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Samsung Galaxy S5 Smartphone Review

Will the gravity well from Galaxy S5 capture your interest, or will you streak past with escape velocity?

Results: HTML5 And JavaScript Benchmarks

The tests on this page are JavaScript- and HTML5-heavy selections from our Web Browser Grand Prix series. Such tests are extremely meaningful to mobile devices because so much of the in-app content is served via the platform's native Web browser. These tests not only offer a view of each device's Web browsing performance, but since these tasks are traditionally so CPU-dependent, browser benchmarks (especially JavaScript-heavy tests) are a great way to measure SoC performance among devices using the same platform and browser.

Browsermark 2.1

Rightware's Browsermark 2.1 is a synthetic browsing benchmark that tests several performance metrics, including load time, CSS, DOM, HTML5 Canvas, JavaScript and WebGL.

Performance is essentially identical for all the phones in Browsermark, which is to be expected.

JSBench

Unlike most JavaScript performance benchmarks, JSBench could almost be considered real-world, since it utilizes actual snippets of JavaScript from Amazon, Google, Facebook, Twitter and Yahoo.

The Sony Z3 shows a small 7% advantage over the Galaxy S5, but that's nothing to get excited about. The HTC One (M8) takes 5% longer to complete the benchmark due to its lower CPU clock.

The iPhone 6 Plus dominates this benchmark thanks to Safari’s JIT compiler optimizations.

Peacekeeper 2.0

Peacekeeper is a synthetic JavaScript performance benchmark from Futuremark.

Since Peacekeeper is predominantly a single-threaded CPU test, it's not surprising that the results are similar to those from Geekbench 3 Single-Core. So far, the S5 matches the performance of its peers, avoiding any performance anomalies.

WebXPRT 2013

Principled Technologies' WebXPRT 2013 is an HTML5-based benchmark that simulates common productivity tasks that are traditionally handled by locally installed applications, including photo editing, financial charting and offline note-taking.

The HTC One (M8) scores 14% better than the Galaxy S5 in WebXPRT 2013 despite its lower CPU clock rate. This test seems to have more error, since there's no explanation for this result. The HTC One (M8) has the lowest frequency, but finishes first. The OnePlus One has the highest memory bandwidth, yet finishes last. And the S5 has the best multi-threaded performance and finishes next to last.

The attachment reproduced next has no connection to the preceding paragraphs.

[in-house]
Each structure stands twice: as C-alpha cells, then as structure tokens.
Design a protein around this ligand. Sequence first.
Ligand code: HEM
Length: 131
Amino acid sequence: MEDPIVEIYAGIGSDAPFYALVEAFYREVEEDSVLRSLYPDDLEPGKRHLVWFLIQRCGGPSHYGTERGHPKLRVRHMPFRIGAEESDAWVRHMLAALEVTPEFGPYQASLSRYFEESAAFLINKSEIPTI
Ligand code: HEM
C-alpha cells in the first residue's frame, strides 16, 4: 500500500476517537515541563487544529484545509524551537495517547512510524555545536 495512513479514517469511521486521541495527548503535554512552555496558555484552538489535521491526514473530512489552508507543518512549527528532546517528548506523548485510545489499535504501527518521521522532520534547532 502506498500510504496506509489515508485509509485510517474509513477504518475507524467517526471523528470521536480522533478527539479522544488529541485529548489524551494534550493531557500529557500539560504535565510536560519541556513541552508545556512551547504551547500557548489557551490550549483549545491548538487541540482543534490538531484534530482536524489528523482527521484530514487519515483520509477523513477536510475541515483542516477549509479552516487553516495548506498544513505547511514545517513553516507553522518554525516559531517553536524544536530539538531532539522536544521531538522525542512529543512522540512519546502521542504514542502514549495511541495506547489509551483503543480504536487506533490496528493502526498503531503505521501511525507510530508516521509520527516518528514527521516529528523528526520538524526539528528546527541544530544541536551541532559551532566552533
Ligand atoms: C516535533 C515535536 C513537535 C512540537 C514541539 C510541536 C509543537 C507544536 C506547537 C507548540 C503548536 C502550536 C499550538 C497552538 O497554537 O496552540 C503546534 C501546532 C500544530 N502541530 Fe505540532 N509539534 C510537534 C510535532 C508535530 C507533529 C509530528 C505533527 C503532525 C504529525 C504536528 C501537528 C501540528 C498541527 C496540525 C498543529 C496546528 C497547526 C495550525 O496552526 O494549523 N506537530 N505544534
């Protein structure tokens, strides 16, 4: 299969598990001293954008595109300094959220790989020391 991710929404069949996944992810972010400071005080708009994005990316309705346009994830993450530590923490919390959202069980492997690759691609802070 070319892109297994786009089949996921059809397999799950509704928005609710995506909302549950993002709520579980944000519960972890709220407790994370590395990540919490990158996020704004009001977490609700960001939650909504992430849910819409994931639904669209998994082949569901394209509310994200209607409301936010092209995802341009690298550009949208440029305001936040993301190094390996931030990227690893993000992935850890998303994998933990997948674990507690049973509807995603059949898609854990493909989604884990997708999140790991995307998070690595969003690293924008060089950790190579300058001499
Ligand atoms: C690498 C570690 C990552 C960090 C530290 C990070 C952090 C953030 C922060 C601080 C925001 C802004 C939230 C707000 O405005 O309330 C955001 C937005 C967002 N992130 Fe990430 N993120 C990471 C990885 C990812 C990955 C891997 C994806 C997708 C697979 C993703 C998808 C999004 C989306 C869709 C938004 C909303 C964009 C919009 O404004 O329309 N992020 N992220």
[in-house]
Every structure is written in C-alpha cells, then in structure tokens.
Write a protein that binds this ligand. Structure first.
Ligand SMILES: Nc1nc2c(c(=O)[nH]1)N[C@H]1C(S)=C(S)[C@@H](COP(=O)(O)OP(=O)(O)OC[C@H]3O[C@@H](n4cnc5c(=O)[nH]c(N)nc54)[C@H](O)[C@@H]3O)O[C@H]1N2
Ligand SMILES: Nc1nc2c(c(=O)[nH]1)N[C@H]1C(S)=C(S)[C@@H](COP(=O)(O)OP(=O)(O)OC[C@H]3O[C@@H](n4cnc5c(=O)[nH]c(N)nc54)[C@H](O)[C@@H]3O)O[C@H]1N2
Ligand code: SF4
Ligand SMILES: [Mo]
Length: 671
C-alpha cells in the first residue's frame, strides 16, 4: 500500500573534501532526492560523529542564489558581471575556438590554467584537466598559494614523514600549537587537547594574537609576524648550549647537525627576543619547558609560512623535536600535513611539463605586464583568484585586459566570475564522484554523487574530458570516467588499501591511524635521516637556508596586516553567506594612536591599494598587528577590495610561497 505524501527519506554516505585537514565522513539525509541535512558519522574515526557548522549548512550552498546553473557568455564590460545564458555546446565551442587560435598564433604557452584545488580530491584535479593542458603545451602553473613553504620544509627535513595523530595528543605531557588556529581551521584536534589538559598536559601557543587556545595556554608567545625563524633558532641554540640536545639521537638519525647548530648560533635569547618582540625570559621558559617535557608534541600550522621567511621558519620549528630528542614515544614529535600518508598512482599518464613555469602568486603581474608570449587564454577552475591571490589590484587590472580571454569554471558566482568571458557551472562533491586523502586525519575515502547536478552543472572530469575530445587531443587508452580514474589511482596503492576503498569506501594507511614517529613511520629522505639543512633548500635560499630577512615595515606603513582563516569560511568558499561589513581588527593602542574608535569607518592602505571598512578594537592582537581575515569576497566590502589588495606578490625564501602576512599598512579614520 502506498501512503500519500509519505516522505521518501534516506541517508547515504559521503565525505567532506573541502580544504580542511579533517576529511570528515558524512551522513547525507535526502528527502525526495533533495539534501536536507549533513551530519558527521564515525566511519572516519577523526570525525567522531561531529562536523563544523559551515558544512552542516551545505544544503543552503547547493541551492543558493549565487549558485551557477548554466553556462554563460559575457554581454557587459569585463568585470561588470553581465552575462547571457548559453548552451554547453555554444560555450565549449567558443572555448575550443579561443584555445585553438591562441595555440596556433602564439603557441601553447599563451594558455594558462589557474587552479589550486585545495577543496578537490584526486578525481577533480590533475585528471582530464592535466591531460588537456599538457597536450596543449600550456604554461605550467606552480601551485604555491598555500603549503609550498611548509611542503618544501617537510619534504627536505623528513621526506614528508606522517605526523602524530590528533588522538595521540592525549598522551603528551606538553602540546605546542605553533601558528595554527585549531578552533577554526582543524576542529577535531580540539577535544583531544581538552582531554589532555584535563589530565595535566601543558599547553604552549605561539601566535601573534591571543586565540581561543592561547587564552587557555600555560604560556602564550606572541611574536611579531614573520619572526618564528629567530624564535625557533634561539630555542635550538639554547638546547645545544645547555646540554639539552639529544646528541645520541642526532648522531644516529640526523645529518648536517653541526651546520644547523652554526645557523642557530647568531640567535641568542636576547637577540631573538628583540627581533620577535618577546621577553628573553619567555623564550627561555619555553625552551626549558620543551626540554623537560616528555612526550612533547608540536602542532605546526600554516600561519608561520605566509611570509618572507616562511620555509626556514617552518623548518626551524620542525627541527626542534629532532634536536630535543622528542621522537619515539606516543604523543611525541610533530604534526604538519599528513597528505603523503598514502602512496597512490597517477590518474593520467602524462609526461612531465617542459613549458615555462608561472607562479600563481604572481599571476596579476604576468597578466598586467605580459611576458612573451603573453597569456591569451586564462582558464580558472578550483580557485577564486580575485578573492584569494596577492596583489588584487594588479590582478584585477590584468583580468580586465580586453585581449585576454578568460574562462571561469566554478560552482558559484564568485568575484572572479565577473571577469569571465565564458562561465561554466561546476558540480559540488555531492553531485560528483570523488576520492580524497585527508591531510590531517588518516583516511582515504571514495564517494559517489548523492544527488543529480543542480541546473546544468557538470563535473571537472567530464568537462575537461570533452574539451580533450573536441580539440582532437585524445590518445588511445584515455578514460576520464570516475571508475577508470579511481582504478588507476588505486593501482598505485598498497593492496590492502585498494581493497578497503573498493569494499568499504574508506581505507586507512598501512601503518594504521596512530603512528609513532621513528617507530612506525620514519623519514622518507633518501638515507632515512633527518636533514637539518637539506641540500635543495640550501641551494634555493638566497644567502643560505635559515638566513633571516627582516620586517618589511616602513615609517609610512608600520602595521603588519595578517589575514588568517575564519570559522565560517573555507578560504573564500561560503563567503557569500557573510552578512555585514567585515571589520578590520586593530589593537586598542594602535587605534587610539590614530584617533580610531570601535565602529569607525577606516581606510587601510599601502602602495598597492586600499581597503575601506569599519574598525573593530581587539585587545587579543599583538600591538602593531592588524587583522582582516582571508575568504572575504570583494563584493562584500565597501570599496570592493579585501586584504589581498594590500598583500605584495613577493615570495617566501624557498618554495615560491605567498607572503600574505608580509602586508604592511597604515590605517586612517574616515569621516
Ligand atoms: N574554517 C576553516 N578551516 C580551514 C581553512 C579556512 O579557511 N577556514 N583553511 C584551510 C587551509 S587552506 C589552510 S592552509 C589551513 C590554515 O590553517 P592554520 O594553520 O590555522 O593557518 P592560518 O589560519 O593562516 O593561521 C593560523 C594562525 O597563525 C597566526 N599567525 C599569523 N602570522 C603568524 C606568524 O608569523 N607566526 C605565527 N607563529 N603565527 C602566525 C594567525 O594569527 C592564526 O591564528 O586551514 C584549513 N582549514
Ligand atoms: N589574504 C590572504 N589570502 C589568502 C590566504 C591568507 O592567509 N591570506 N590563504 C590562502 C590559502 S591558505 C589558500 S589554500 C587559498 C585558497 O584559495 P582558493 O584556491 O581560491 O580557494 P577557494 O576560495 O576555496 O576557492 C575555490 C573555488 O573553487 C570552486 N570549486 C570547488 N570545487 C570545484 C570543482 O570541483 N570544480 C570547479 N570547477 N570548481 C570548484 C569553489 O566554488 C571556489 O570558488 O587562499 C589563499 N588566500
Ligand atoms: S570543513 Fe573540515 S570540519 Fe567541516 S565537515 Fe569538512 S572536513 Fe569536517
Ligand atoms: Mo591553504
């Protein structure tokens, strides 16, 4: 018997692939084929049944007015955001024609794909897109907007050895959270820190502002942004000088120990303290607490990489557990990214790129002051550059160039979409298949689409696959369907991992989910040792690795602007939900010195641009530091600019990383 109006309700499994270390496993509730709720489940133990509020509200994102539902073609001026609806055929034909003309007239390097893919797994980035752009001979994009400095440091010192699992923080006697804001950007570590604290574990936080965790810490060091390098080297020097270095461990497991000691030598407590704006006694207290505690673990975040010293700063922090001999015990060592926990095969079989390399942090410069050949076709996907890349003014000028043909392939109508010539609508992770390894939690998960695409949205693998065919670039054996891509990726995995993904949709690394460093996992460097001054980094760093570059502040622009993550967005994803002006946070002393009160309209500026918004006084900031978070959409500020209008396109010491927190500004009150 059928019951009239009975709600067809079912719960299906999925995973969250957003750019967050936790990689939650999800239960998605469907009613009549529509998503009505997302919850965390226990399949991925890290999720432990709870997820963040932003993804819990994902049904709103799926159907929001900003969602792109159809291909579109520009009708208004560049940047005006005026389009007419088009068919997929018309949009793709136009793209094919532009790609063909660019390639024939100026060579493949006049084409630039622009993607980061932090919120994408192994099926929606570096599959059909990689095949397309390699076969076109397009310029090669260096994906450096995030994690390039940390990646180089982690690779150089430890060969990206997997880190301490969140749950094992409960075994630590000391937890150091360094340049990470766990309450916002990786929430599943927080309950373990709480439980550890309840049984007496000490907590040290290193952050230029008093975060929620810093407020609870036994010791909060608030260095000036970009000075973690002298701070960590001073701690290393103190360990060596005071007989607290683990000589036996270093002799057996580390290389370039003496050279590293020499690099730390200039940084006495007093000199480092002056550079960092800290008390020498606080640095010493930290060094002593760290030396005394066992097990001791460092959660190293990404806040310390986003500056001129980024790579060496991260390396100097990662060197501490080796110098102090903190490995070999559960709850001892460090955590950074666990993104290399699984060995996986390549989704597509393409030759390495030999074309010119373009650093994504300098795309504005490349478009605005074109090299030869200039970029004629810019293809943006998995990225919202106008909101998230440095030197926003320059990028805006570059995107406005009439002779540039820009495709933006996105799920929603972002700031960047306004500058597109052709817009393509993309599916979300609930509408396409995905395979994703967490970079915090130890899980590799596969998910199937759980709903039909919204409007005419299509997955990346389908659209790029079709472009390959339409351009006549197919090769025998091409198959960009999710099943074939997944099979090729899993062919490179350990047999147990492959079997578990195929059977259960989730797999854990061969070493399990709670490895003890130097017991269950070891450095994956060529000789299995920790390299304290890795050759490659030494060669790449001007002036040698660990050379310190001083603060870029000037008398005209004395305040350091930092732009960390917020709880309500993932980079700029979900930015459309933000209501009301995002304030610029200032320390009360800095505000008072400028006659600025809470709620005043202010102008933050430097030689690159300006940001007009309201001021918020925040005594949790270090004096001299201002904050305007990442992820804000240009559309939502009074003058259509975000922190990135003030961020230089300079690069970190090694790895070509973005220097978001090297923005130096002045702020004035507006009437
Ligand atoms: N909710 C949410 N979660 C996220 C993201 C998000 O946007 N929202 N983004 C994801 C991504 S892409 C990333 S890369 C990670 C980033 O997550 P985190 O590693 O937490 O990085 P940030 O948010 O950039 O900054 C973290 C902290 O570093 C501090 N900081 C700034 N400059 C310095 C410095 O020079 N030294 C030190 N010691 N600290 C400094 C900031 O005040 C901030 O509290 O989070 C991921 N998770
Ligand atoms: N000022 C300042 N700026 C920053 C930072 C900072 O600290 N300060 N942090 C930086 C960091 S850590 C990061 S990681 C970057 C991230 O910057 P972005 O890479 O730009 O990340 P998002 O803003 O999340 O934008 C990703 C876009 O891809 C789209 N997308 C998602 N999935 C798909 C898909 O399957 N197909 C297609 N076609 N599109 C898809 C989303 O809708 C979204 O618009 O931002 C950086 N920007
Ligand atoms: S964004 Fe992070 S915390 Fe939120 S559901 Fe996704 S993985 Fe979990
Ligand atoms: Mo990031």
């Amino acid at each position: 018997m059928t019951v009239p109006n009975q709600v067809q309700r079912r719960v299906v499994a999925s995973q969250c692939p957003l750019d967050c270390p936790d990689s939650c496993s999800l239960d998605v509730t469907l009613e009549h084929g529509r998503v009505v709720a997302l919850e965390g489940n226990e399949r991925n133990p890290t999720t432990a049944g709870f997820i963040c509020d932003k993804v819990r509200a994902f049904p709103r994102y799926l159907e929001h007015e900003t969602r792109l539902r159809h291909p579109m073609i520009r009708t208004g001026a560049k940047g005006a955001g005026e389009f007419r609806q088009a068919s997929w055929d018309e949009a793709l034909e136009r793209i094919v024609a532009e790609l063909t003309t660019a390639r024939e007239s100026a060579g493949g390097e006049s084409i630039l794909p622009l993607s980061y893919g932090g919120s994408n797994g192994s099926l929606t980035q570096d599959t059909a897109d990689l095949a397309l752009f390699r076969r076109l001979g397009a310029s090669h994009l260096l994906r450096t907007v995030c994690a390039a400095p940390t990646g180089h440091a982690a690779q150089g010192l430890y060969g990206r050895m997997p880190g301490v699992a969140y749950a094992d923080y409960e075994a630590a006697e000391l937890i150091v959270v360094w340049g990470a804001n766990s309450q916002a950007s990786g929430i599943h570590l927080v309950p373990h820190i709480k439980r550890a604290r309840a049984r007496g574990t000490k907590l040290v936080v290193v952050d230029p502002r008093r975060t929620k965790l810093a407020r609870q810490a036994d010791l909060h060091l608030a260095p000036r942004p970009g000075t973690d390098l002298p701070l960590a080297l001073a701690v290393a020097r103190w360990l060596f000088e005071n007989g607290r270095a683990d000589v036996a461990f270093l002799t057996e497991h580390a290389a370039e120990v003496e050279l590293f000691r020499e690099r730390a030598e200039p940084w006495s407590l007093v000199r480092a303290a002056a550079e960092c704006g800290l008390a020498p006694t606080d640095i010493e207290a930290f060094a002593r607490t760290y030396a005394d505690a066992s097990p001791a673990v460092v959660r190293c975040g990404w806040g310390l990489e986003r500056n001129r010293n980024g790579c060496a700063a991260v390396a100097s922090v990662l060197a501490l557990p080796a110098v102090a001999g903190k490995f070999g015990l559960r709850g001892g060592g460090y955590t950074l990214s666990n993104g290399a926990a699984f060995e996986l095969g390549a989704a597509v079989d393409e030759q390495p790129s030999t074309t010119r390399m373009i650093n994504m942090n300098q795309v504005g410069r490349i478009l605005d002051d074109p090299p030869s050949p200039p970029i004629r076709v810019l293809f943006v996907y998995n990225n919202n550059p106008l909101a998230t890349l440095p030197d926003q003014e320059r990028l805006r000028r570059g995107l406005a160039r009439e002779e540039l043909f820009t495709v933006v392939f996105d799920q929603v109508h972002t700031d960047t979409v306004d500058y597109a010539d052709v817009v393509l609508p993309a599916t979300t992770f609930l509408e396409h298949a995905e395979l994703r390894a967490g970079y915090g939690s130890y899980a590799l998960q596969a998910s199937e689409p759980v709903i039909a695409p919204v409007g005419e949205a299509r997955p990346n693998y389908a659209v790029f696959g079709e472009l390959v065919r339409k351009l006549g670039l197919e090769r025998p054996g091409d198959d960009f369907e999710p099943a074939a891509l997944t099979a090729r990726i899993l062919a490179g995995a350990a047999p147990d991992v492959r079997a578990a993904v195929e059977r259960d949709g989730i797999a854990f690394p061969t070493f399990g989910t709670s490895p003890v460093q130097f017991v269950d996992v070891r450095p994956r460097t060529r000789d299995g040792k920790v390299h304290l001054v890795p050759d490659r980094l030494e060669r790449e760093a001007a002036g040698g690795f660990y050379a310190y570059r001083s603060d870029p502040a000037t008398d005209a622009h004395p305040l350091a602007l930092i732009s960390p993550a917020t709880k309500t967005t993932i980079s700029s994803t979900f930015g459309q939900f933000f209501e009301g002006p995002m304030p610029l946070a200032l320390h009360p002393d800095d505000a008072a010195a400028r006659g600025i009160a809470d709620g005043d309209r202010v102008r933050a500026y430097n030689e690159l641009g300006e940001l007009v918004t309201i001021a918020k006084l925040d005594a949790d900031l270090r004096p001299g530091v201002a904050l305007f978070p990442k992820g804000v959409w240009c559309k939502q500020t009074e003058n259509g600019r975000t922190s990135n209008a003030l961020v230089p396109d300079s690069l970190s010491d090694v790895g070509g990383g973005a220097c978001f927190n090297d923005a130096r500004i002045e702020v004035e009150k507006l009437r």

• Agera One
    A one year late review?
    Reply
  • grumpigeek
    My Galaxy S5 in in an Urban Armor Gear case that looks great and protects the phone, so I don't really care what it looks like.

    The device is 100% reliable and I have found the battery life to be excellent - way better than any smartphone I have had previously.

    Reply
  • implantedcaries
    Guys you are reviewing a mobile which was released a year and then calling it average compared to competiti
    Reply
  • firefoxx04
    I have an s5. This review would have been welcomed a year ago.

    The phone is top notch. I've known this for a while.
    Reply
  • implantedcaries
    Guys you are reviewing a mobile which was released a year back and then calling it average compared to competition?? Seriously? Yes I agree S5 is not the most exciting prospect out there for new mobile buyers now, but it wasn't so in 2014 when it was actually launched. Also its one of the very few mobiles already receiving lollipop updates.. No mention of that.. Any hidden agenda against Samsung?
    Reply
  • Porcodio
    Temperature and humidity sensor? Is that correct?
    Reply
  • FritzEiv
    Folks, you're right. This review is quite late. We began testing the S5 a long time ago, but we've had a bit of a backlog of smartphones to review since Matt (our senior mobile editor) started on staff and we're just catching up. We aren't trying to pretend it's a new phone, thus we haven't put it up in our main feature carousel; but we did want to publish this and others just to have them for archival and future referral and comparison purposes. We are working on other smartphones that are little more current and then we hope to be "on time" as new ones arrive. Hence, for example, Matt's performance preview of Qualcomm's Snapdragon 810 earlier this week. We've been a bit more timely on devices like the OnePlus and the iPhone reviews as well. But hey, continue your sarcasm, because we probably deserve it. Just want you to know why we are doing this, that we're not trying to fool anyone, and that we'll be caught up in short order. Thanks for your patience.

    - Fritz (Editor-in-chief)
    Reply
  • Mac266
    One thing in this review irritated me: the whole "it's ugly" thing. It might not suit you, but lots of people like the way it looks. Aesthetics are purely subjective, and should definitely not be judged a con on one mans opinion.
    Reply
  • peterf28
    Iam not buying a smartphone again where the chipset drivers are not open source. Like what samsung did with the S3, it is stuck on Android 4.3, and there is nothing you can do. All the custom roms are unstable crap because there are no up to date drivers For current kernels. It is like buying a PC without the possibility to update the OS . Would you buy that ?
    Reply
  • jdrch
    FYI phone speakers are placed on the back of phones to take advantage of acoustics when the phone is laying on a surface. The surface spreads and reflects the sounds back to the user much better than the speaker itself would. Try it yourself.
    Reply